Alzheimer’s Disease as a Cerebrocortical Process
Despite the broad variety of symptoms among patients – including unusual presentations and even those that are extremely rare such as aphasias and a right parietal lobe syndrome – it seems reasonable to postulate that in virtually all cases the symptoms reflect cerebrocortical dysfunction (5, 18–24). The vast majority of studies also indicate that the main lesions situated in the brain – i.e., senile plaques and neurofibrillary tangles – are situated predominantly in the cerebral cortex (5, 25). Furthermore, even in those studies focusing on the subcortical involvement, such as those in the nucleus basalis of Meynert (26), in the locus ceruleus (27) or in the pulvinar nucleus of the thalamus (18), the pathophysiological interpretation of the findings is invariably made in terms of how they affect cortical function, and in no case contradict the fundamental importance attributed to the cortical lesions. Thus, it is postulated that lesions in the nucleus basalis of Meynert are important because they deprive the cerebral cortex of its cholinergic innervation (25), and that lesions in the pulvinar destroy cortico-thalamo-cortical circuits that interconnect this nucleus with a vast territory in the association cortex, thus compounding the functional impact of cortico-cortical disconnection in AD (18). There is virtually no information as to whether such connections are targeted in schizophrenia, which is surprising since such a phenomenon – whether due to anatomical damage or “functional” mechanisms (e.g., synaptic failure without synaptic degeneration) – would likely result in a dissolution of the integration of cortical functions that is presumably essential for normal cognition and behavior.
These notions, combined with the relative absence of lesions in the majority of subcortical regions – and especially in contrast with many other dementing conditions in which the pathology is situated predominantly (if not always exclusively) subcortically (e.g., Parkinson’s disease dementia, Huntington’s disease, and Progressive Supranuclear Palsy) – support the contention that AD is a cerebrocortical disconnection disorder (18, 28–32). This concept has allowed some of us to focus many studies in which we attempt to understand in detail the pathophysiology of the disorder, by analyzing in detail the topographic distribution of the lesions in the cerebral cortex (23, 27, 33, 34). Such focus intends, among other objectives, to understand the mechanisms underlying the disorder in terms of the circuits that are presumably selectively affected, compared with circuits that tend to be relatively spared, or are resistant to the degenerative process. Such a perspective is rarely considered in parallel with that which tends to dominate inquiry in this field today: i.e., the molecular factors involved in the pathogenesis and pathophysiology of the disease. Nevertheless, the analysis of the patterns of topographic distribution of lesions in the disorder, which is in its infancy, adds an important dimension – i.e., that of Systems Neuroscience – to the understanding of the pathophysiology of the condition. Such a perspective is undoubtedly essential in the brain, which is the organ with the broadest phenotypic diversity among its cells in the entire organism, a diversity that cannot be subsumed, or “reduced” to the molecular level alone. Therefore, it is not reasonable to consider the role of any trophic or toxic agent – or any other molecular factor affecting the expression of the clinical phenotype – while ignoring the highly complex three-dimensional organization of the brain. In fact, assuming that most of the various cell types in the brain are exposed to the degenerative process, the bulk of the neuropathological studies demonstrate that specific types of cells are highly susceptible, whereas others are remarkably resistant to the disease (Figure 1). Therefore, the diversity of the potential targets contrasts sharply with the relatively small array of apparently affected cells, a fact that defies explanation to this date.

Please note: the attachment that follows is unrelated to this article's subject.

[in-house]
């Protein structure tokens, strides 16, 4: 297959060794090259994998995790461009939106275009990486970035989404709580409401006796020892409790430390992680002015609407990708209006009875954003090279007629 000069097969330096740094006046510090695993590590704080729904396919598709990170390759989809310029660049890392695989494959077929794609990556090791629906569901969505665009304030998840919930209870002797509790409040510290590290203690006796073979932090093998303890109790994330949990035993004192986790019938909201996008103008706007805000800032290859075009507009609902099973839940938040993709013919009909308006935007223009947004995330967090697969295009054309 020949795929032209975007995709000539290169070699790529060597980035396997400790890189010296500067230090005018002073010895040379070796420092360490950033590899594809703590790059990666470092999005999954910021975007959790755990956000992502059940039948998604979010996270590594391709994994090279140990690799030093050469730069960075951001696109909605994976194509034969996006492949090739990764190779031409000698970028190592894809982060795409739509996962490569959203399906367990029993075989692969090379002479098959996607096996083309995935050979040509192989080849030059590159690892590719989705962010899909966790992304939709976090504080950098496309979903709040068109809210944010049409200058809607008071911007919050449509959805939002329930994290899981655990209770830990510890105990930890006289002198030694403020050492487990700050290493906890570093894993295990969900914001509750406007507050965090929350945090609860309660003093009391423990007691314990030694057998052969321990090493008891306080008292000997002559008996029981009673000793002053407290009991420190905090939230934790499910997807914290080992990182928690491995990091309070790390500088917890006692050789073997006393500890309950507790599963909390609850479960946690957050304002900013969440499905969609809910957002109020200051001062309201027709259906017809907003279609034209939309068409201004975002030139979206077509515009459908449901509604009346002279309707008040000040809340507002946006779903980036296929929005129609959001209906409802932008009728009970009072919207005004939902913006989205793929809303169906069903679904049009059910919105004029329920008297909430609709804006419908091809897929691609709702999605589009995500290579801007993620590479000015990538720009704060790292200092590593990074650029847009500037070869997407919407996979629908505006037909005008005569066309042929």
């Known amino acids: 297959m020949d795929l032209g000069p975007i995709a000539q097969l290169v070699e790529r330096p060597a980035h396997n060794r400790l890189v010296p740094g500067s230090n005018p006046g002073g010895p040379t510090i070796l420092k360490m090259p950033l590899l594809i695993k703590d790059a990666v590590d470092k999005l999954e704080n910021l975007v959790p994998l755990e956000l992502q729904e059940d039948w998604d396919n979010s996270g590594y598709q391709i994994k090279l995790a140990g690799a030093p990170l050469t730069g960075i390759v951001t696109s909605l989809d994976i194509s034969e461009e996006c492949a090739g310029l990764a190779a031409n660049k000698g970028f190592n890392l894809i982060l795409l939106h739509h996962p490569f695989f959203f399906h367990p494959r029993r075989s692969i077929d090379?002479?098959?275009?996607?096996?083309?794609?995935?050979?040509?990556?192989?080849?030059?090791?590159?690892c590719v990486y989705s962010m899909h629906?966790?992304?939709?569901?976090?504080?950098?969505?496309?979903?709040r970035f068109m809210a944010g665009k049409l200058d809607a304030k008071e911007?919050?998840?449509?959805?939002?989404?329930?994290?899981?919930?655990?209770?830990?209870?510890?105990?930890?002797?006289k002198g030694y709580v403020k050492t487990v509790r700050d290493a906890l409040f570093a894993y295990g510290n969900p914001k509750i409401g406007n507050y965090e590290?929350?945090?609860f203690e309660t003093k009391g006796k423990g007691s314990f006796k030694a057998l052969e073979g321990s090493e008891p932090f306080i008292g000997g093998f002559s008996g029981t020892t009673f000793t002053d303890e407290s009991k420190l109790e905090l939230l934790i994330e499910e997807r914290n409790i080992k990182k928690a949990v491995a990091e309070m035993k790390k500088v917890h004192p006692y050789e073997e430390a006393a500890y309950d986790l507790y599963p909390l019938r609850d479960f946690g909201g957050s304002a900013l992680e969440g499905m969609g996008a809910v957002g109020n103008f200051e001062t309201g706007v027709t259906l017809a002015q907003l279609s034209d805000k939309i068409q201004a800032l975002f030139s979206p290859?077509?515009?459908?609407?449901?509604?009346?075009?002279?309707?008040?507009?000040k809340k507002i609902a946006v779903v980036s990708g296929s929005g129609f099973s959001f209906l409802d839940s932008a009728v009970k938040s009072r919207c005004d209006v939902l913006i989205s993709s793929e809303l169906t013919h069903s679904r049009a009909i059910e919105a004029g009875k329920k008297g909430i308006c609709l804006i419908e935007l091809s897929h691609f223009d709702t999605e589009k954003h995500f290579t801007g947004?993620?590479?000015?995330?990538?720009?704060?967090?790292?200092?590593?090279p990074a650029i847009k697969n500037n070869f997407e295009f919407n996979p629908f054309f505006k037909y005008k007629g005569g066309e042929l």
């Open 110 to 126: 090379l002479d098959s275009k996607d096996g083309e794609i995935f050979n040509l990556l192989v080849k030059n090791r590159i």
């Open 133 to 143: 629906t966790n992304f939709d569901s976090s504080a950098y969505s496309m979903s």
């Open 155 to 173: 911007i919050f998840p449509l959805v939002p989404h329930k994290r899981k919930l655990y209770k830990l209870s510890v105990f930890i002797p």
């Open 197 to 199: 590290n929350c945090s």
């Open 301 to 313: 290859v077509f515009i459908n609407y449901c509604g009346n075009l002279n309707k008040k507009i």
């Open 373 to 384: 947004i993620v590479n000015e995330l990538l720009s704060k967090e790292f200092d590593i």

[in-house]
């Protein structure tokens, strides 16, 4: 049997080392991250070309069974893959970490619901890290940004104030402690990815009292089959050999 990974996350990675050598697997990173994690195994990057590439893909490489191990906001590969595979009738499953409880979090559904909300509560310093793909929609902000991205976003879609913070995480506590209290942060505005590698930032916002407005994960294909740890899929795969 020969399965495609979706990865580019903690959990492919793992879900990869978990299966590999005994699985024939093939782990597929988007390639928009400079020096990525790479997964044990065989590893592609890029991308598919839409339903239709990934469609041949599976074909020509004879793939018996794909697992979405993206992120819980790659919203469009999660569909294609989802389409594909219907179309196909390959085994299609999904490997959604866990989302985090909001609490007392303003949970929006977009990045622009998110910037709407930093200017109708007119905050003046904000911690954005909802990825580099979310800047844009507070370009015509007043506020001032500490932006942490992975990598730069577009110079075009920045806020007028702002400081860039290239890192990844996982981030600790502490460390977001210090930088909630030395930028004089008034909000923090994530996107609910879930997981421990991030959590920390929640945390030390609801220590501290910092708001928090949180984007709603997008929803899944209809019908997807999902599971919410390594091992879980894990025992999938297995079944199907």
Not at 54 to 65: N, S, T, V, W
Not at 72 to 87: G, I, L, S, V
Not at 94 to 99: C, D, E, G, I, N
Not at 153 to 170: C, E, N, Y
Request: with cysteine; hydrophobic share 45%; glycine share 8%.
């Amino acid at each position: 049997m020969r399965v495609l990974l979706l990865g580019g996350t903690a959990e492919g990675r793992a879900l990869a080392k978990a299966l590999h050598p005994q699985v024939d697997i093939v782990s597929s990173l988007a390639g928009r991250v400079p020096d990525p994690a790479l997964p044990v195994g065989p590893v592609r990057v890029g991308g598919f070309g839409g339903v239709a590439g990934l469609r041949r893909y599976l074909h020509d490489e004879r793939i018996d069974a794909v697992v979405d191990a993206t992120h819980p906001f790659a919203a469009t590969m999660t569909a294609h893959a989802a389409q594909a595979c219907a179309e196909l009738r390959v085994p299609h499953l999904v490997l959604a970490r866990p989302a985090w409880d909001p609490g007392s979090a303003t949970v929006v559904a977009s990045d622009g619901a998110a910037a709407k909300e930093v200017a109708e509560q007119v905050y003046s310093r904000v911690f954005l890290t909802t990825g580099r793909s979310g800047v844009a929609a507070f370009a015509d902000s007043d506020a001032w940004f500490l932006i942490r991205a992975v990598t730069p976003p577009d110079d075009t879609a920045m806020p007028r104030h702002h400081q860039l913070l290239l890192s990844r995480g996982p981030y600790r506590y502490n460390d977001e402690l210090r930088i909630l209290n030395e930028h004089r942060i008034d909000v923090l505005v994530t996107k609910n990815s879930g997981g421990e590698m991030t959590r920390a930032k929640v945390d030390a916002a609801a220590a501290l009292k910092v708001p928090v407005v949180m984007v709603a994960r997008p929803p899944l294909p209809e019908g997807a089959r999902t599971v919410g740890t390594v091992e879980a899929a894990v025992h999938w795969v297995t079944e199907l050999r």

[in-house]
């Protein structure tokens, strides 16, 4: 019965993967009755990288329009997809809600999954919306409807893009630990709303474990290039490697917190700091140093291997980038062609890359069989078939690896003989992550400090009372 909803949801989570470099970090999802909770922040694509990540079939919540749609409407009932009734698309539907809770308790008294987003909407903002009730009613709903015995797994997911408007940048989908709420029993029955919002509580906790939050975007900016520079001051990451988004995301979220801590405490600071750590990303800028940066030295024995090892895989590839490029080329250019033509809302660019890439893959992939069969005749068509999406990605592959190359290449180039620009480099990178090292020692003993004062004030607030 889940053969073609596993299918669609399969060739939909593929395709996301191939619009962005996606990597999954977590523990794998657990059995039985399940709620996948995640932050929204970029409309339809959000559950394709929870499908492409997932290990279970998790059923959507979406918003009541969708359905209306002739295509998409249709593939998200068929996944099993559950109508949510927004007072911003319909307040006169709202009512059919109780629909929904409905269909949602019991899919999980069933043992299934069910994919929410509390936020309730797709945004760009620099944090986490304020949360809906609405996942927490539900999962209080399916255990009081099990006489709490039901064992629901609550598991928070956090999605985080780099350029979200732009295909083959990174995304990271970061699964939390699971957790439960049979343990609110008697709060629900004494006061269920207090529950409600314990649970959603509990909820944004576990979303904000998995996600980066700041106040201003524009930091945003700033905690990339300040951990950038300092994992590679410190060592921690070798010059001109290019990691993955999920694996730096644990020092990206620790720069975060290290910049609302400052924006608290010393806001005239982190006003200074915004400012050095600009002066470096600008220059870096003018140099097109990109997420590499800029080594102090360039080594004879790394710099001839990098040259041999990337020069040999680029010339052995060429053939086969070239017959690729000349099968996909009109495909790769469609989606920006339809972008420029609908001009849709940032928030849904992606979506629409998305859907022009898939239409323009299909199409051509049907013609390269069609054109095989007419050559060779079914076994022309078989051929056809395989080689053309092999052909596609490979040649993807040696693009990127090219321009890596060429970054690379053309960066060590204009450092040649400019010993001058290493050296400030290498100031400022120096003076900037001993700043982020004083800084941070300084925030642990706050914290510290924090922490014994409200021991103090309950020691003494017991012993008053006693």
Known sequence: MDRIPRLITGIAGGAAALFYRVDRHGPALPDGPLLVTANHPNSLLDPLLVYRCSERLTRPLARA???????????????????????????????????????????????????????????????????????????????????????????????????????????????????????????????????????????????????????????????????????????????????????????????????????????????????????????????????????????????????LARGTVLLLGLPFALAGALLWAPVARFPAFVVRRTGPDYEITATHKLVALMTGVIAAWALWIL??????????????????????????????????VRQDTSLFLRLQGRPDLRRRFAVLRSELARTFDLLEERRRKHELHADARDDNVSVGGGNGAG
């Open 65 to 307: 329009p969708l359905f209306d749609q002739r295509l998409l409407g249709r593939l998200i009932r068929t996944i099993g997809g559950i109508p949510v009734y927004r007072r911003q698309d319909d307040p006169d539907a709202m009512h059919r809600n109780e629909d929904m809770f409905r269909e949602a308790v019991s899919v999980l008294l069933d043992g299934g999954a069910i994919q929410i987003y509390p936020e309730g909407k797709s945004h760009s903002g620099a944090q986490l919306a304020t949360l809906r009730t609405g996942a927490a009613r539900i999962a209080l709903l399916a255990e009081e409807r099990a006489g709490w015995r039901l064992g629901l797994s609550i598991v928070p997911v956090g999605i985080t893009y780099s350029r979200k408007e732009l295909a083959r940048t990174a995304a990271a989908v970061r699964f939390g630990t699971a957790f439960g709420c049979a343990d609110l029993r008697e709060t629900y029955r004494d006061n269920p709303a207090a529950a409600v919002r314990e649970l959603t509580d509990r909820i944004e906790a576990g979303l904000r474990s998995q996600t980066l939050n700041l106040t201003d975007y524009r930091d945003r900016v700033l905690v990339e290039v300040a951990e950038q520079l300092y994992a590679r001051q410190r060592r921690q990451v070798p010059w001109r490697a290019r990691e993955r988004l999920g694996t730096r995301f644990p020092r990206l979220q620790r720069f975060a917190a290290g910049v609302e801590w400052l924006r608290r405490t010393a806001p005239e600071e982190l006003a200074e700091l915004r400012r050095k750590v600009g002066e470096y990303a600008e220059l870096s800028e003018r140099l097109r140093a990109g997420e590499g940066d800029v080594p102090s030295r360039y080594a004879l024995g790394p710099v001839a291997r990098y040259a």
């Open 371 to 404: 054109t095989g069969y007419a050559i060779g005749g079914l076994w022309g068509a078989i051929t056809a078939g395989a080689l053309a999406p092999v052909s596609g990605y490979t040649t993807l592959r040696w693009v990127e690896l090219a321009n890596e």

Figure 1. Schematic representation of the neuropathology of Alzheimer’s disease, based on the selective laminar distribution of senile plaques and neurofibrillary tangles and the circuitry they target. The blocks represent different regions of the cerebral cortex, in which the Roman numerals indicate cortical layers and letters identify main types of neurons according to the key in the figure itself. Neurons selectively targeted in AD are the medium-sized pyramidal neurons making cortico-cortical connections (labeled as “C”) and the corticipetal neurons in the pulvinar nucleus of the thalamus that effect cortico-thalamo-cortical connections (labeled as “A”). By contrast, large pyramidal neurons in layer V (labeled as “D”), corticothalamic projection neurons in layer VI (labeled as “B”), and layer IV granule cells (labeled as “E”) are much less affected or spared. The putative involvement of local circuit neurons (labeled as “F”) is less well understood. Modified from Kuljiš (21).